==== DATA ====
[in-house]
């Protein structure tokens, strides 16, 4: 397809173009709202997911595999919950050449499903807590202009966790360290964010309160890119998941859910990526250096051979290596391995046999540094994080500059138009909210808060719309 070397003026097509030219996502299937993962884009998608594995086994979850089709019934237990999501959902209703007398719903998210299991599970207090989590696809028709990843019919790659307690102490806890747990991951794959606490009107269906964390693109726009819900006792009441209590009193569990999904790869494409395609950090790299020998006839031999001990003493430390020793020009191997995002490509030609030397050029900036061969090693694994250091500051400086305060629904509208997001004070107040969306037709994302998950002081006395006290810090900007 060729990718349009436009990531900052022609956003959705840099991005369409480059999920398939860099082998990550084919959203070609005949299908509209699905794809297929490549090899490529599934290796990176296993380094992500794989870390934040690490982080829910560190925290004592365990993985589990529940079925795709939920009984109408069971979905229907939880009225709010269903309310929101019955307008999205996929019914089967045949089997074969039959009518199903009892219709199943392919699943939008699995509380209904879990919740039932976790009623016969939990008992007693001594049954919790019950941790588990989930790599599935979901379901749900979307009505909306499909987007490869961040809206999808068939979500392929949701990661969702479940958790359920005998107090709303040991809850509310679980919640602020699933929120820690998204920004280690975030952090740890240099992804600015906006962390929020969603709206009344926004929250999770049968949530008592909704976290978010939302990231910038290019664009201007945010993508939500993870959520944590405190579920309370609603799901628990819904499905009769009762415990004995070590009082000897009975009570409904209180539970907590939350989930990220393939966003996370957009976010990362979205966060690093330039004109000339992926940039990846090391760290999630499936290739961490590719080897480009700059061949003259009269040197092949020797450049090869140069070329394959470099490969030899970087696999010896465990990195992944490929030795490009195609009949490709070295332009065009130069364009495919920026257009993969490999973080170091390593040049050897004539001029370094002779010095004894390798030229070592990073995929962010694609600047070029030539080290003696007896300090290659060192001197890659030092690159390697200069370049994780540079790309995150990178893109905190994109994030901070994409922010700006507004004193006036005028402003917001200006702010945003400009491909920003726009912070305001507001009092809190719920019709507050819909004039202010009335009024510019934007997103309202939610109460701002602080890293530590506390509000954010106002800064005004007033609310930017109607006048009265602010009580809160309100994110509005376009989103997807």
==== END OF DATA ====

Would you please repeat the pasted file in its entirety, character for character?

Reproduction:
[in-house]
């Protein structure tokens, strides 16, 4: 397809173009709202997911595999919950050449499903807590202009966790360290964010309160890119998941859910990526250096051979290596391995046999540094994080500059138009909210808060719309 070397003026097509030219996502299937993962884009998608594995086994979850089709019934237990999501959902209703007398719903998210299991599970207090989590696809028709990843019919790659307690102490806890747990991951794959606490009107269906964390693109726009819900006792009441209590009193569990999904790869494409395609950090790299020998006839031999001990003493430390020793020009191997995002490509030609030397050029900036061969090693694994250091500051400086305060629904509208997001004070107040969306037709994302998950002081006395006290810090900007 060729990718349009436009990531900052022609956003959705840099991005369409480059999920398939860099082998990550084919959203070609005949299908509209699905794809297929490549090899490529599934290796990176296993380094992500794989870390934040690490982080829910560190925290004592365990993985589990529940079925795709939920009984109408069971979905229907939880009225709010269903309310929101019955307008999205996929019914089967045949089997074969039959009518199903009892219709199943392919699943939008699995509380209904879990919740039932976790009623016969939990008992007693001594049954919790019950941790588990989930790599599935979901379901749900979307009505909306499909987007490869961040809206999808068939979500392929949701990661969702479940958790359920005998107090709303040991809850509310679980919640602020699933929120820690998204920004280690975030952090740890240099992804600015906006962390929020969603709206009344926004929250999770049968949530008592909704976290978010939302990231910038290019664009201007945010993508939500993870959520944590405190579920309370609603799901628990819904499905009769009762415990004995070590009082000897009975009570409904209180539970907590939350989930990220393939966003996370957009976010990362979205966060690093330039004109000339992926940039990846090391760290999630499936290739961490590719080897480009700059061949003259009269040197092949020797450049090869140069070329394959470099490969030899970087696999010896465990990195992944490929030795490009195609009949490709070295332009065009130069364009495919920026257009993969490999973080170091390593040049050897004539001029370094002779010095004894390798030229070592990073995929962010694609600047070029030539080290003696007896300090290659060192001197890659030092690159390697200069370049994780540079790309995150990178893109905190994109994030901070994409922010700006507004004193006036005028402003917001200006702010945003400009491909920003726009912070305001507001009092809190719920019709507050819909004039202010009335009024510019934007997103309202939610109460701002602080890293530590506390509000954010106002800064005004007033609310930017109607006048009265602010009580809160309100994110509005376009989103997807």